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WUST (1120 kHz) is an AM radio station licensed to Washington, DC. Its transmitter is located in nearby Fairfax, Virginia. WUST broadcasts paid foreign government-sponsored programming, including an English language news program from China Radio International and French language programming from Radio France International. WUST operates at 50,000 watts during the day but it must reduce power during early morning hours and go off the air during the night to protect the signal of KMOX in St. Louis, which is the dominant Class A station on 1120 AM.

WUST NewWorld logo.png
CityWashington, DC
Broadcast areaWashington metropolitan area
BrandingNew World Radio
SloganThe Multicultural Voice of the Nation's Capital
Frequency1120 kHz AM
First air date1947
FormatEthnic, Brokered programming
Power50,000 watts daytime
3,000 watts critical hours
50 watts nighttime
Facility ID48686
Callsign meaningU STreet, a past station studio location
Former callsignsWBCC (1947–1951)[1]
OwnerPotomac Radio Group
Sister stationsWCRW

WUST first signed on in 1947 as WBCC, licensed to the Washington, DC suburb of Bethesda, Maryland with 250 watts of power, broadcasting in the daytime only.[2] It had been a rhythm and blues station. Its call letters came from its studio location at 1120 U Street, NW, later moving to 815 V Street NW, site of today's 9:30 Club.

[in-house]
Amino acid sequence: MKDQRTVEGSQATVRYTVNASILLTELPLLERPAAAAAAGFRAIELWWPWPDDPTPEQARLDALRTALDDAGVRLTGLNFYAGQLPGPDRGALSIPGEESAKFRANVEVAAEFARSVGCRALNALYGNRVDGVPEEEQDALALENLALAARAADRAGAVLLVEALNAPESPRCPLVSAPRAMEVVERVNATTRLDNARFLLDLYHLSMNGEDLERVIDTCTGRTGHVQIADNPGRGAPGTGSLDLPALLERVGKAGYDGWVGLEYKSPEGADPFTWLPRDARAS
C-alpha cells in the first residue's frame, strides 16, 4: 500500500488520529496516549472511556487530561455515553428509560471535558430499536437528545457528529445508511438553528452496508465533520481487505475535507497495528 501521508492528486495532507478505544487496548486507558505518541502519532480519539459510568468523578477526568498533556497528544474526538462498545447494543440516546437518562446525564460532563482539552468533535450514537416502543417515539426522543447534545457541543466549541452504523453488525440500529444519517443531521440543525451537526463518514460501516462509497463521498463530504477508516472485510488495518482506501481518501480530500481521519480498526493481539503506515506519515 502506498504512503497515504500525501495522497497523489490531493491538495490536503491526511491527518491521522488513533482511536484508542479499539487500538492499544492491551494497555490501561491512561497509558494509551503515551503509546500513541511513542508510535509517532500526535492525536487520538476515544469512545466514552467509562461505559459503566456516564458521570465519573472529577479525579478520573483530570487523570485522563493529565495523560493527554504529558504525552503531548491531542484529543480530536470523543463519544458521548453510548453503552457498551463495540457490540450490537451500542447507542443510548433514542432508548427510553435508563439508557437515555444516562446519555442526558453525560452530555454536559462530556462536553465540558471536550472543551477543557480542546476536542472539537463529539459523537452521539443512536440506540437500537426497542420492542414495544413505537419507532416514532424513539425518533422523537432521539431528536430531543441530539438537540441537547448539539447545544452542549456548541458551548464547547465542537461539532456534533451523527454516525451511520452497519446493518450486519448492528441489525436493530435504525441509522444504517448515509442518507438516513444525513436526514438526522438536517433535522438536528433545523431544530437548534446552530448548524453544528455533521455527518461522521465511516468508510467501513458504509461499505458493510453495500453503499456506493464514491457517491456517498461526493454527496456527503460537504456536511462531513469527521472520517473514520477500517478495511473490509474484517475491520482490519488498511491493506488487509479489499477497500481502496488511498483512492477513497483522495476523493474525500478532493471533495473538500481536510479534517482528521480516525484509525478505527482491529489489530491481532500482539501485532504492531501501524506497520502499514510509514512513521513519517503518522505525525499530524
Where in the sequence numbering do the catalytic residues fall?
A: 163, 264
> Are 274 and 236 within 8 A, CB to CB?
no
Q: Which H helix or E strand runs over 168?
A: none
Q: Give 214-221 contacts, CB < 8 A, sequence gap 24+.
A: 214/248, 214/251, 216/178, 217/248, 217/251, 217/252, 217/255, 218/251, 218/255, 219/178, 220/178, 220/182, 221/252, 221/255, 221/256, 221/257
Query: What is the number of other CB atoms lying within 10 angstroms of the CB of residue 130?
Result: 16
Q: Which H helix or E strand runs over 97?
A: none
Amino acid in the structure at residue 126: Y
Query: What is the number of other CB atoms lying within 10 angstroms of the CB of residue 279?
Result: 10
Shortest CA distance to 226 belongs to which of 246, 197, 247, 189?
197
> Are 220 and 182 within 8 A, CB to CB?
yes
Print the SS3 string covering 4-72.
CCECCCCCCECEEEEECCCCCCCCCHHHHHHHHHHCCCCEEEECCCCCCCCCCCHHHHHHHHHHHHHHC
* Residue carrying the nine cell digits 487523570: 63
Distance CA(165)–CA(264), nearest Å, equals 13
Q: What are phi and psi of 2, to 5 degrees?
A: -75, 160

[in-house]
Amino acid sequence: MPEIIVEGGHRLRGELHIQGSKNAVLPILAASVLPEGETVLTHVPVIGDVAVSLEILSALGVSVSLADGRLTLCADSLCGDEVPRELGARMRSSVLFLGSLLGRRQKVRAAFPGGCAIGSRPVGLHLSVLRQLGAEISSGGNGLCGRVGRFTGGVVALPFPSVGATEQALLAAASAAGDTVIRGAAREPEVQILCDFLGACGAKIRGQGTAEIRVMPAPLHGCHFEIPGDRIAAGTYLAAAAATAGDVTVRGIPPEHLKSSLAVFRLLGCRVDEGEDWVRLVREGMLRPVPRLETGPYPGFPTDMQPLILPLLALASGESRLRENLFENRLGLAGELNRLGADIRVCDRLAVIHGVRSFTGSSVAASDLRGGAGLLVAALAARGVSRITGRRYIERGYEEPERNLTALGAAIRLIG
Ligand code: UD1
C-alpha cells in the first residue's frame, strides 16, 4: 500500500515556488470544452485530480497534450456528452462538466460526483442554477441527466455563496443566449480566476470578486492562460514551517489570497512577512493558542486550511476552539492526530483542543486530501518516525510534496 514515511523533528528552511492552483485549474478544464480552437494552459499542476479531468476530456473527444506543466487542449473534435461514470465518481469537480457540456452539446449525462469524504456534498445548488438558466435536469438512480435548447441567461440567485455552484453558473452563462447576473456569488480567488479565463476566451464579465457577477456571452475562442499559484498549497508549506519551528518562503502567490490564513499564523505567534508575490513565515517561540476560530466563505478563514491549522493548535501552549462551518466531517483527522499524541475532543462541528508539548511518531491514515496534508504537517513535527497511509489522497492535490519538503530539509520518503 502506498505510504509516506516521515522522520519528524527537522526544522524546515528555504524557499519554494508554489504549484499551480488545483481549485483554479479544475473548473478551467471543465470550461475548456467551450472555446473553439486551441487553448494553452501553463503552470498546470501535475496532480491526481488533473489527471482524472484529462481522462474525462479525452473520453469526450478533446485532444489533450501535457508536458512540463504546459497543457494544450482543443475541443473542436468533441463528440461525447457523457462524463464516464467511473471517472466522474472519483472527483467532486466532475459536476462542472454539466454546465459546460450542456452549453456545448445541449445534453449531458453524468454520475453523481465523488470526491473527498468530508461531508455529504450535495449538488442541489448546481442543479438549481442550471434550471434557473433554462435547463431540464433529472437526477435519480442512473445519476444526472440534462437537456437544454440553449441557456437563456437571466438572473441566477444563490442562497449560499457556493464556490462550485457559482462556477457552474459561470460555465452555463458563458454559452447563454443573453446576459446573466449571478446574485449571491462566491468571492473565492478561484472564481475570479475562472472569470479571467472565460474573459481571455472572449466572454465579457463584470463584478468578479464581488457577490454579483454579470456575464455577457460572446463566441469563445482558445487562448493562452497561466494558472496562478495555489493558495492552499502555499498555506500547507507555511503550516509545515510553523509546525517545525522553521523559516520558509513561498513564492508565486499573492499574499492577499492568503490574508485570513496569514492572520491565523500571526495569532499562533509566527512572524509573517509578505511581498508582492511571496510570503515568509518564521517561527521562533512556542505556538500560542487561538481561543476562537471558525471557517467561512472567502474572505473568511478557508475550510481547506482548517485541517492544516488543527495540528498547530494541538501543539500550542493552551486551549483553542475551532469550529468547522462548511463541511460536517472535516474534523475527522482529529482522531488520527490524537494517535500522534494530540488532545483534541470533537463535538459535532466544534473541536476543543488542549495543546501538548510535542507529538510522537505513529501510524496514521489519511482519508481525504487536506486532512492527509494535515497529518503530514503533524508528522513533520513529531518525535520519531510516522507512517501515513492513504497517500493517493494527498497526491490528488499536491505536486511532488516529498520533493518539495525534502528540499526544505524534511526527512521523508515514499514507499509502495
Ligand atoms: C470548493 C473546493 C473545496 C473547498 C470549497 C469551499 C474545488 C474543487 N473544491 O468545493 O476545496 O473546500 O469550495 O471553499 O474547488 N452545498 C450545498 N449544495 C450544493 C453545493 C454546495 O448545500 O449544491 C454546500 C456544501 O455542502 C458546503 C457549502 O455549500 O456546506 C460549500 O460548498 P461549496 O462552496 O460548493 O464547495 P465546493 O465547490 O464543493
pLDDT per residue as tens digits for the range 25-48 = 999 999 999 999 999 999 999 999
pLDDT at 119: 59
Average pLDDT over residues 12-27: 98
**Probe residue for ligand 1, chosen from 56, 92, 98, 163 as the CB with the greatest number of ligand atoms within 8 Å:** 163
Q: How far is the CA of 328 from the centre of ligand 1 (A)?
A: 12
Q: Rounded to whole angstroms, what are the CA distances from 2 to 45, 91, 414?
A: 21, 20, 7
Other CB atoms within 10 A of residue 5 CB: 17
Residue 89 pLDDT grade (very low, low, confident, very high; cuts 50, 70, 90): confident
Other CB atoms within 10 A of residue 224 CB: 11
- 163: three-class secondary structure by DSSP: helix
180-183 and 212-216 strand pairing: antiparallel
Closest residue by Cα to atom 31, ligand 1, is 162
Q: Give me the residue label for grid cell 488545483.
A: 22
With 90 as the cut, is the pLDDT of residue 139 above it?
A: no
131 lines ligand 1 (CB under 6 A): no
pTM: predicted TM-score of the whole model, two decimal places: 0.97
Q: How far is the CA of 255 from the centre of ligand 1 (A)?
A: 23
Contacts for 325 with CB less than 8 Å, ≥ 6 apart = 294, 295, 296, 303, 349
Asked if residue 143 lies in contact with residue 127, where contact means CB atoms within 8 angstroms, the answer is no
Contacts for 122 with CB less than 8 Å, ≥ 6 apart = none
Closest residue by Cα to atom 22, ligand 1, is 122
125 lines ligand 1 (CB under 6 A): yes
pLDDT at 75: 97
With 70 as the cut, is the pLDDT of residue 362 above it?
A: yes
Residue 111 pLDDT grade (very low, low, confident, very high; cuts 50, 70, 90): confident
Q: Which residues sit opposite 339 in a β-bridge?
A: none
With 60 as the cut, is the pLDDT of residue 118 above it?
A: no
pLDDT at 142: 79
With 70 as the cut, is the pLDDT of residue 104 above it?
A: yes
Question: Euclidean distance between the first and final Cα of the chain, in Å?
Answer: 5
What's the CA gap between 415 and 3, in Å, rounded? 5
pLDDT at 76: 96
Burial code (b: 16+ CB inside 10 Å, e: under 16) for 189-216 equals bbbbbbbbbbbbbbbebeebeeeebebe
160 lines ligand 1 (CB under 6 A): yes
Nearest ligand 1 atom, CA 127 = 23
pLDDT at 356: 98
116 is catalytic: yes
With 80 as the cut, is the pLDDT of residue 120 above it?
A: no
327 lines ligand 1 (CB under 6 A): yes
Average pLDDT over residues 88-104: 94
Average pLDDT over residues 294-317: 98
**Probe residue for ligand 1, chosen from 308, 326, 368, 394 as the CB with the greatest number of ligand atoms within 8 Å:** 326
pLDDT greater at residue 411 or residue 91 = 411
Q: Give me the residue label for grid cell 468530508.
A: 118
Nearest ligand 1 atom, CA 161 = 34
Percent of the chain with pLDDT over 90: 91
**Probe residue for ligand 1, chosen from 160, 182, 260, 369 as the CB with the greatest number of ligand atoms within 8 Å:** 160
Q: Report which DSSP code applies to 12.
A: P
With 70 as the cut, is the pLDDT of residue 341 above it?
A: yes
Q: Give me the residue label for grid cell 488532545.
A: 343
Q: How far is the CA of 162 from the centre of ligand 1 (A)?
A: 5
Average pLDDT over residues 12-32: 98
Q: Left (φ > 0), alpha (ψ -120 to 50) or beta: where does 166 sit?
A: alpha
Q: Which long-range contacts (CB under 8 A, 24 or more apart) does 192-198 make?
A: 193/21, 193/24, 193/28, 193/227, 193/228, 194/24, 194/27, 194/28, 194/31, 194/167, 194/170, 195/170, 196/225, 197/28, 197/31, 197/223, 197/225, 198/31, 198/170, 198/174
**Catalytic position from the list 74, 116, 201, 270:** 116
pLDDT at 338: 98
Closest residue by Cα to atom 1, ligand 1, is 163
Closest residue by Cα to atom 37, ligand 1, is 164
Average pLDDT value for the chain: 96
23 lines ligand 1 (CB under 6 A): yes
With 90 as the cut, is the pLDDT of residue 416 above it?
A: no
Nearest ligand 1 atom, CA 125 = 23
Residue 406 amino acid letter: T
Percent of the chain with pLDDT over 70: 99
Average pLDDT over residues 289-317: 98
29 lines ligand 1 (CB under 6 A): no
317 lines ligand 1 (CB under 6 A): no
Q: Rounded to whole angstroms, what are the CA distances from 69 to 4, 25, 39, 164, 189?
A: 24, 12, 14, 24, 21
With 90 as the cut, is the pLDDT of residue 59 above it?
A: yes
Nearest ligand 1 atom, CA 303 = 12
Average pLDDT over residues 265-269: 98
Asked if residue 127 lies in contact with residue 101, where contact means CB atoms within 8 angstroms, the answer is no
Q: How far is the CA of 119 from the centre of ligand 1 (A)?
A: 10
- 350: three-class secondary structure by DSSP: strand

During the 1950s, DJs Lord Fauntleroy Bandy and "Terrible" Thomas popularized R&B music with high school students, weaning them from Top 40. Part of the appeal of WUST was its location in the red light district of the time.[citation needed]

During late August 1963, the ballroom of the WUST studio served as the operations headquarters for the August 28 March on Washington for Jobs and Freedom.[3]

On April 6, 2017, WUST filed an application for a Federal Communications Commission construction permit to remain on the air at night with 50 watts. The application was accepted for filing on April 12, 2017.[4]

New World Radio sold WUST to Herndon, Virginia-based Potomac Radio Group for $750,000 on September 18, 2018.[5]


  1. ^ "FCC History Cards for WUST".
  2. ^ Broadcasting Yearbook 1948, page 140
  3. ^ Euchner, Charles, "Nobody Turn Me Around: A People's History of the 1963 March on Washington", 2010.
  4. ^ "Application for Construction Permit for Commercial Broadcast Station". CDBS Public Access. Federal Communications Commission. April 12, 2017. Retrieved May 8, 2017.
  5. ^ "CDBS File No. BAL-20180918ABA". FCC CDBS.

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